Tesla and Luxembourg squabble over failed Model S braking test

It doesn't look good, but Tesla says something's fishy about the methods.

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Luremberger Wort
Luremberger Wort

Did you think Tesla could move past braking complaints just because it addressed the issue with the Model 3? Luxembourg certainly doesn't. The European country's testing and standards body ILNAS has put itself at odds with Tesla after conducting an unusually public emergency braking test (media outlets like Luremberg Wort got to watch) that compared a 2015-era Model S to a new Volvo S90.The Model S failed the test in spectacular fashion, according to observers, crashing into a dummy car (above) at just under 19MPH where the S90 could avoid it at 37MPH. It didn't look good for Tesla, but the company unsurprisingly took issue with the results.

In a statement to Electrek, a spokesperson said that ILANS "refused" to provide details of the test, including the methodology. The firm didn't even find out about the test until it appeared in the press. The automaker also found out that the Model S in question is registered as a rental car in Germany. The spokesperson promised that Tesla would "continue to investigate" the nature of the test to ensure it was conducted properly.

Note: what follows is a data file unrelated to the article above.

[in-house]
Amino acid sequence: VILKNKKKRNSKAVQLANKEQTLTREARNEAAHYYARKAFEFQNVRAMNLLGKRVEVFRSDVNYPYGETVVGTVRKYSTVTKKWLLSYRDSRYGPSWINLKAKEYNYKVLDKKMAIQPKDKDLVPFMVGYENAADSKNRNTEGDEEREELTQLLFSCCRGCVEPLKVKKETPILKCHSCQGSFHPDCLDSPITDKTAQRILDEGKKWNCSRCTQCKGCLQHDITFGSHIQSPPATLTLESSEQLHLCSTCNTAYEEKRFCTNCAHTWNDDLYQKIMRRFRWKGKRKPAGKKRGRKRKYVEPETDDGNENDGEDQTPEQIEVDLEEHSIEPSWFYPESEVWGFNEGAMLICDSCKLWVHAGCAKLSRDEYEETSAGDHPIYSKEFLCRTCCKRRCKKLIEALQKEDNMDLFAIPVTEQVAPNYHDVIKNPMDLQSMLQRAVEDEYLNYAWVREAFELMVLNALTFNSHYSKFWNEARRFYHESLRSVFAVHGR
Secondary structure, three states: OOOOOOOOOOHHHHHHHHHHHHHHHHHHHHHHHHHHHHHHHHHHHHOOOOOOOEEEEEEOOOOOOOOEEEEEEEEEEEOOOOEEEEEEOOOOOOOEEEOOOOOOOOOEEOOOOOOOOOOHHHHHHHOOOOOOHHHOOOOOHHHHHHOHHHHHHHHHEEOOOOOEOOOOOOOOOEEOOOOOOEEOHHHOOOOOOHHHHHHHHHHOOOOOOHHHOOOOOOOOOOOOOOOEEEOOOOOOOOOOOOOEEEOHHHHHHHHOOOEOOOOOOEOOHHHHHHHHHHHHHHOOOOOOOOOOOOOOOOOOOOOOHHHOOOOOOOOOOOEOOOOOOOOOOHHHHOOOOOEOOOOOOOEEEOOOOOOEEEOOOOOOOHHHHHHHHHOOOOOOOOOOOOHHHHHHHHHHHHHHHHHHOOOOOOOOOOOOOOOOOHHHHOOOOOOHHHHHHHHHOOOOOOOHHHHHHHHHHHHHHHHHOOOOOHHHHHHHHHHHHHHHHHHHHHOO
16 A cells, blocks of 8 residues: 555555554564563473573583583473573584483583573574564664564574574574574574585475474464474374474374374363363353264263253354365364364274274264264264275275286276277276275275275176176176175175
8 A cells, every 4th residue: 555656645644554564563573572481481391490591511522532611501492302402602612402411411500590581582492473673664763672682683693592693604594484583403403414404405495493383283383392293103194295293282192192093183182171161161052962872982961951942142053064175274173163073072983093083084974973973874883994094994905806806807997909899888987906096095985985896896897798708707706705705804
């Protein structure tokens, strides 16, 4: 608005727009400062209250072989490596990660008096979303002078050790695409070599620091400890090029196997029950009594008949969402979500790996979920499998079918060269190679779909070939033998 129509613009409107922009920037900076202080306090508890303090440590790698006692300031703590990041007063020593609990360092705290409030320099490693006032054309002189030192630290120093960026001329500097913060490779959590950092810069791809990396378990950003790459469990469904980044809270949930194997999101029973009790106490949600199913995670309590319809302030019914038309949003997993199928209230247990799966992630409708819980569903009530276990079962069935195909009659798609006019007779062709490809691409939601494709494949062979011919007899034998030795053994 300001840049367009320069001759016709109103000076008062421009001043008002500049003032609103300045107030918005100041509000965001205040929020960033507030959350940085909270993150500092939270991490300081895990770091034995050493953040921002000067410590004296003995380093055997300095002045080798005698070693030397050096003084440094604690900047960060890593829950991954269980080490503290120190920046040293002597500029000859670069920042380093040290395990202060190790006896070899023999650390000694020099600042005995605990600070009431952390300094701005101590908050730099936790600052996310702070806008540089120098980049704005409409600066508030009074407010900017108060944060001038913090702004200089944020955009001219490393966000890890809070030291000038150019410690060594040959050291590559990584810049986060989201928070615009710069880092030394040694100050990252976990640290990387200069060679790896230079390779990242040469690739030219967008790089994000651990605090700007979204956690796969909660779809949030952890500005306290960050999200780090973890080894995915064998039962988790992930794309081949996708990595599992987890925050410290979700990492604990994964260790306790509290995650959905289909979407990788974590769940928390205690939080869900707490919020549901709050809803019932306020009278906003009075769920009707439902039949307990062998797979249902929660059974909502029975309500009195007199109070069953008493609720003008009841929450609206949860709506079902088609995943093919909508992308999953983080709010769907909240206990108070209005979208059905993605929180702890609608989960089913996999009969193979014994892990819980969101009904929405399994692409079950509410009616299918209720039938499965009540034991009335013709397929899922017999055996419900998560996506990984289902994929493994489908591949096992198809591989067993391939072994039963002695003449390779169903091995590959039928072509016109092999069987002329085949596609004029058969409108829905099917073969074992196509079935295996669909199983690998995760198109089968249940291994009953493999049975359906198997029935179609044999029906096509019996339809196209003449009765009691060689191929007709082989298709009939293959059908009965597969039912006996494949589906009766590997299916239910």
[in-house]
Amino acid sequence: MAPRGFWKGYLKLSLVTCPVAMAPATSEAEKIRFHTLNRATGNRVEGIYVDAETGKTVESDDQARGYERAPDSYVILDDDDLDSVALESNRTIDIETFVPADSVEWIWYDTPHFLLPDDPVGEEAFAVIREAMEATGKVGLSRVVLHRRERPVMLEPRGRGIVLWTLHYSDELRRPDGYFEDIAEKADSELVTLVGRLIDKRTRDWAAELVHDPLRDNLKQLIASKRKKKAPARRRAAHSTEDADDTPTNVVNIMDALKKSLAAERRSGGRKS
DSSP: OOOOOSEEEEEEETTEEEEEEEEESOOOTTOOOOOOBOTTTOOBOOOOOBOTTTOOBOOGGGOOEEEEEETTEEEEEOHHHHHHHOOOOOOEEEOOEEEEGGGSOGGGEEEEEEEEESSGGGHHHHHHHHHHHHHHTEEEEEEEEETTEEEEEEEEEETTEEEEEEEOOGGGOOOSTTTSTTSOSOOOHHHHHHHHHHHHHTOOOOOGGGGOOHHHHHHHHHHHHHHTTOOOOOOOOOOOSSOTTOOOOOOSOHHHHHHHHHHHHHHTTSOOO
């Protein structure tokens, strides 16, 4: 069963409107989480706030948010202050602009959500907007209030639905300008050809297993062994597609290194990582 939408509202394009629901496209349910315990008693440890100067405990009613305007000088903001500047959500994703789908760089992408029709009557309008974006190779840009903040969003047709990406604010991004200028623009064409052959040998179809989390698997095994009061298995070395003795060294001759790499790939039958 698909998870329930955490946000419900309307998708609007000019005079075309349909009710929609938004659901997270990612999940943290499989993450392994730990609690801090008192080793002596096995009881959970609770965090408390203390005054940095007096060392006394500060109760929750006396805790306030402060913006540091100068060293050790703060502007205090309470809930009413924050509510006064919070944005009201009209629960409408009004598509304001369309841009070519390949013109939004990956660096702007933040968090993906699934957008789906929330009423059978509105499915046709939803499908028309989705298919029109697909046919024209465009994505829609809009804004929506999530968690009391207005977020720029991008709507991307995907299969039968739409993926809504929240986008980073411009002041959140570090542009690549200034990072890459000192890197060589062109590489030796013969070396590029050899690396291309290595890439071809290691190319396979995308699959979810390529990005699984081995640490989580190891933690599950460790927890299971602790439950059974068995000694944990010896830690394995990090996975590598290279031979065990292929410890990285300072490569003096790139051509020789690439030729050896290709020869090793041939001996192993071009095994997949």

The test raises a number of questions. Why pit a three-year-old rental car against a brand new rival? Why run the test in front of the media? Even so, the results raise concerns about whether or not Tesla's older braking system (particularly automatic emergency braking) is up to par. Even if Model S cars made in late 2016 or later don't have this issue, the company will want to be sure that its older EVs remain roadworthy.

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